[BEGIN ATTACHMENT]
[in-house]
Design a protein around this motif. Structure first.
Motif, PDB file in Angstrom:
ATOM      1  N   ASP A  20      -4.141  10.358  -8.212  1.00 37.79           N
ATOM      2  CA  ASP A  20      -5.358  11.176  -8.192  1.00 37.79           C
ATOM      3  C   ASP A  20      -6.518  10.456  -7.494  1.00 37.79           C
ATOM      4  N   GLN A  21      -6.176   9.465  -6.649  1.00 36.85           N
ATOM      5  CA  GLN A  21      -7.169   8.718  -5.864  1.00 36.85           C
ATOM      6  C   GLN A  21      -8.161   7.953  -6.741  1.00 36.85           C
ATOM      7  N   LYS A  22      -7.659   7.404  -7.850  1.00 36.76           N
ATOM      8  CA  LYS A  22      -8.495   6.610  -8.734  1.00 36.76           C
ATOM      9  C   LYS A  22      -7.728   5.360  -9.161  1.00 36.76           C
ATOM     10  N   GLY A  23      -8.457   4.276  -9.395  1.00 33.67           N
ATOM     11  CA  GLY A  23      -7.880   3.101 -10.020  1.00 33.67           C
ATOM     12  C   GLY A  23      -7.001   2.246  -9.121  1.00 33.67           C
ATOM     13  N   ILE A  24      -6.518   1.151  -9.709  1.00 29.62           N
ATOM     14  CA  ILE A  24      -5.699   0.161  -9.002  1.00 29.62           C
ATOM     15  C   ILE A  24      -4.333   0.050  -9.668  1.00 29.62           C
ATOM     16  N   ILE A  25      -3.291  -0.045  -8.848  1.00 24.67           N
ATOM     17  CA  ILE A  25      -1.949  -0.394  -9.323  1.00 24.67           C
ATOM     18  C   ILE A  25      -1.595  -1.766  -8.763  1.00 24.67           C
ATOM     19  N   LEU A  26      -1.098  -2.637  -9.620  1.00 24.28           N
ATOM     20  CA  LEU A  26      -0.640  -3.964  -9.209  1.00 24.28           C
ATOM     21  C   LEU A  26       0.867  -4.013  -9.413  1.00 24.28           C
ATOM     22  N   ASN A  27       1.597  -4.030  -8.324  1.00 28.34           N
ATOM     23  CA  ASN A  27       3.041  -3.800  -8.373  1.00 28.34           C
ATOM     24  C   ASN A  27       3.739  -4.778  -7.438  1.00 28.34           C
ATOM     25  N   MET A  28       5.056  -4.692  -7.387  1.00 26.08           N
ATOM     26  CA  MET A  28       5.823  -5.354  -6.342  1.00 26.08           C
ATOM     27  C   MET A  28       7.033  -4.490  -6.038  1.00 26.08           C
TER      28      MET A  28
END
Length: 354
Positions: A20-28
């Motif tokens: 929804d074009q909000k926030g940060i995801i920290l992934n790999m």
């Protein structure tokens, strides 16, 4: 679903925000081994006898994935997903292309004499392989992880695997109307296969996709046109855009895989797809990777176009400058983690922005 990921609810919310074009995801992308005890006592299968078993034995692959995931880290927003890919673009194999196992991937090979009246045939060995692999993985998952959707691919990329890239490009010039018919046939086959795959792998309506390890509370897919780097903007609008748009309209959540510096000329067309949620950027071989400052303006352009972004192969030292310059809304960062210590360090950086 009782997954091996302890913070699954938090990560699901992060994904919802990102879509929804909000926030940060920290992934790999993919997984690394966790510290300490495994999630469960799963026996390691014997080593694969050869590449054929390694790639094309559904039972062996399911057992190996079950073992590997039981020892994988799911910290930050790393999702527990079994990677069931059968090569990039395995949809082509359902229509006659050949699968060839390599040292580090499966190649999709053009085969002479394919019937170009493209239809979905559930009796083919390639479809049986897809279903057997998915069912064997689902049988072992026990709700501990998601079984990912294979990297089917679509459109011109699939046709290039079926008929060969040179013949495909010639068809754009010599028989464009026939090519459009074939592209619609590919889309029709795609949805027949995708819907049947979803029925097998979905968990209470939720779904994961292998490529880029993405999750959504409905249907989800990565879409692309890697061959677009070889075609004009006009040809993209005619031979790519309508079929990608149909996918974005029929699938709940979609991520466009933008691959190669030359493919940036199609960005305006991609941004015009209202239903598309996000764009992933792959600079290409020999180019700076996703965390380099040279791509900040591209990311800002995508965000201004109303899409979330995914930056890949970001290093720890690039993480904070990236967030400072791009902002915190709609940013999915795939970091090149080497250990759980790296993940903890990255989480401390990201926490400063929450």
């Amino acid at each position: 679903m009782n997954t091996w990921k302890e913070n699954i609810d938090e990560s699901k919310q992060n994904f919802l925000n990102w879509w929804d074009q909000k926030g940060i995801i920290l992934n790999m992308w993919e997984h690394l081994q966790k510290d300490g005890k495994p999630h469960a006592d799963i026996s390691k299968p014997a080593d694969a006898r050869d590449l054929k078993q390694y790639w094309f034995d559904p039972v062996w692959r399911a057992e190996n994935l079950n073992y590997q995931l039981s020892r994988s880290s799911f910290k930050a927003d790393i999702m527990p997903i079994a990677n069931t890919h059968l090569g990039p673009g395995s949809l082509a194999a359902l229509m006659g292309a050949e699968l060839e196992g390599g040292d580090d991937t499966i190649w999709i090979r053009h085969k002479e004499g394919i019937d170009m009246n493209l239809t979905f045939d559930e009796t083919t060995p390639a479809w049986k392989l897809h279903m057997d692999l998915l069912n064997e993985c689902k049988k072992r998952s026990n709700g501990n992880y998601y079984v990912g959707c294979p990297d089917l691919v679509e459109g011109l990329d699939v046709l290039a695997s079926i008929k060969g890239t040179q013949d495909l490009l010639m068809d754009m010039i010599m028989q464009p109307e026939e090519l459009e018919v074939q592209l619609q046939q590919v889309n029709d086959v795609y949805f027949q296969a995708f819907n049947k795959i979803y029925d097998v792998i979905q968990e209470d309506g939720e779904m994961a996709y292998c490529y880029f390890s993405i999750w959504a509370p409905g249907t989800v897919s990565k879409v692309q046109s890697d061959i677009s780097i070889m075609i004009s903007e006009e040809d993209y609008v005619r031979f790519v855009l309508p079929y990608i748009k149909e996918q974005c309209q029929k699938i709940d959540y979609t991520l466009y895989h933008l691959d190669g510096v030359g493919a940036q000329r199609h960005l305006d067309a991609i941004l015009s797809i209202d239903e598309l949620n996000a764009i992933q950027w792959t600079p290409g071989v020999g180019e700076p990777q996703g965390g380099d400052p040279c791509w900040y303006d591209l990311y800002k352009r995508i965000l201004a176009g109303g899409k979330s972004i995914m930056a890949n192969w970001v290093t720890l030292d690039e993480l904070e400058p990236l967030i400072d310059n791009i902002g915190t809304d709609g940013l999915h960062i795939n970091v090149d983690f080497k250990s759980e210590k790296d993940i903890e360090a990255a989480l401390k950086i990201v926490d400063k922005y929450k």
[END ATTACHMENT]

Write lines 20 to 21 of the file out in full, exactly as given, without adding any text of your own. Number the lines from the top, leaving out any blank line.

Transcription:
ATOM     17  CA  ILE A  25      -1.949  -0.394  -9.323  1.00 24.67           C
ATOM     18  C   ILE A  25      -1.595  -1.766  -8.763  1.00 24.67           C